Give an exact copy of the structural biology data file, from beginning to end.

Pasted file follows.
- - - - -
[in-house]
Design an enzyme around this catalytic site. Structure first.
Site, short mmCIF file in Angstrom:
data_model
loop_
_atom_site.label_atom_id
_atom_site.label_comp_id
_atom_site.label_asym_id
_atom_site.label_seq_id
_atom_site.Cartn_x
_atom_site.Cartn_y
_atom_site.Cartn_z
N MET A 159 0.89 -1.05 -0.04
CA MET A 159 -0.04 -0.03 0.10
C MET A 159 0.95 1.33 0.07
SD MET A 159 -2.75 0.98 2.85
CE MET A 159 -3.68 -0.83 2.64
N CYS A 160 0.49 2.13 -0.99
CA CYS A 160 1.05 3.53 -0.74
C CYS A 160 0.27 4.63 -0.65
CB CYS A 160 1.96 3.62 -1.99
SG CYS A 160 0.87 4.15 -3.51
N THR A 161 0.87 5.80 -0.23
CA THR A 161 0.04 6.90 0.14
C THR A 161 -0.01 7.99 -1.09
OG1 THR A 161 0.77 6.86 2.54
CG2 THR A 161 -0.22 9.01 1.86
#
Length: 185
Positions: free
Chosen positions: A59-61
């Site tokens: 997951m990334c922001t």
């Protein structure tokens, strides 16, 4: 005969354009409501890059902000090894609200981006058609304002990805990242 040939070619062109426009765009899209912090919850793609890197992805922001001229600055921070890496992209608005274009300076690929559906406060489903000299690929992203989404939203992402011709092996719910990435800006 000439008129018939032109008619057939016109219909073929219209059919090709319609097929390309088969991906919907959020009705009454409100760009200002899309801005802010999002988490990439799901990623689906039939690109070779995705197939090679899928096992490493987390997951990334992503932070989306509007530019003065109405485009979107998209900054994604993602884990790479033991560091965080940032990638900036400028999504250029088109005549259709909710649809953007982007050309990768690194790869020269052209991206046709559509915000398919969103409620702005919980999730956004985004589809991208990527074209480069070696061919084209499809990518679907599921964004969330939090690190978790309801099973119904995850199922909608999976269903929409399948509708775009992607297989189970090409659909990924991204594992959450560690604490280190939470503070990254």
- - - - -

[in-house]
Design an enzyme around this catalytic site. Structure first.
Site, short mmCIF file in Angstrom:
data_model
loop_
_atom_site.label_atom_id
_atom_site.label_comp_id
_atom_site.label_asym_id
_atom_site.label_seq_id
_atom_site.Cartn_x
_atom_site.Cartn_y
_atom_site.Cartn_z
N MET A 159 0.89 -1.05 -0.04
CA MET A 159 -0.04 -0.03 0.10
C MET A 159 0.95 1.33 0.07
SD MET A 159 -2.75 0.98 2.85
CE MET A 159 -3.68 -0.83 2.64
N CYS A 160 0.49 2.13 -0.99
CA CYS A 160 1.05 3.53 -0.74
C CYS A 160 0.27 4.63 -0.65
CB CYS A 160 1.96 3.62 -1.99
SG CYS A 160 0.87 4.15 -3.51
N THR A 161 0.87 5.80 -0.23
CA THR A 161 0.04 6.90 0.14
C THR A 161 -0.01 7.99 -1.09
OG1 THR A 161 0.77 6.86 2.54
CG2 THR A 161 -0.22 9.01 1.86
#
Length: 185
Positions: free
Chosen positions: A59-61
């Site tokens: 997951m990334c922001t």
């Protein structure tokens, strides 16, 4: 005969354009409501890059902000090894609200981006058609304002990805990242 040939070619062109426009765009899209912090919850793609890197992805922001001229600055921070890496992209608005274009300076690929559906406060489903000299690929992203989404939203992402011709092996719910990435800006 000439008129018939032109008619057939016109219909073929219209059919090709319609097929390309088969991906919907959020009705009454409100760009200002899309801005802010999002988490990439799901990623689906039939690109070779995705197939090679899928096992490493987390997951990334992503932070989306509007530019003065109405485009979107998209900054994604993602884990790479033991560091965080940032990638900036400028999504250029088109005549259709909710649809953007982007050309990768690194790869020269052209991206046709559509915000398919969103409620702005919980999730956004985004589809991208990527074209480069070696061919084209499809990518679907599921964004969330939090690190978790309801099973119904995850199922909608999976269903929409399948509708775009992607297989189970090409659909990924991204594992959450560690604490280190939470503070990254």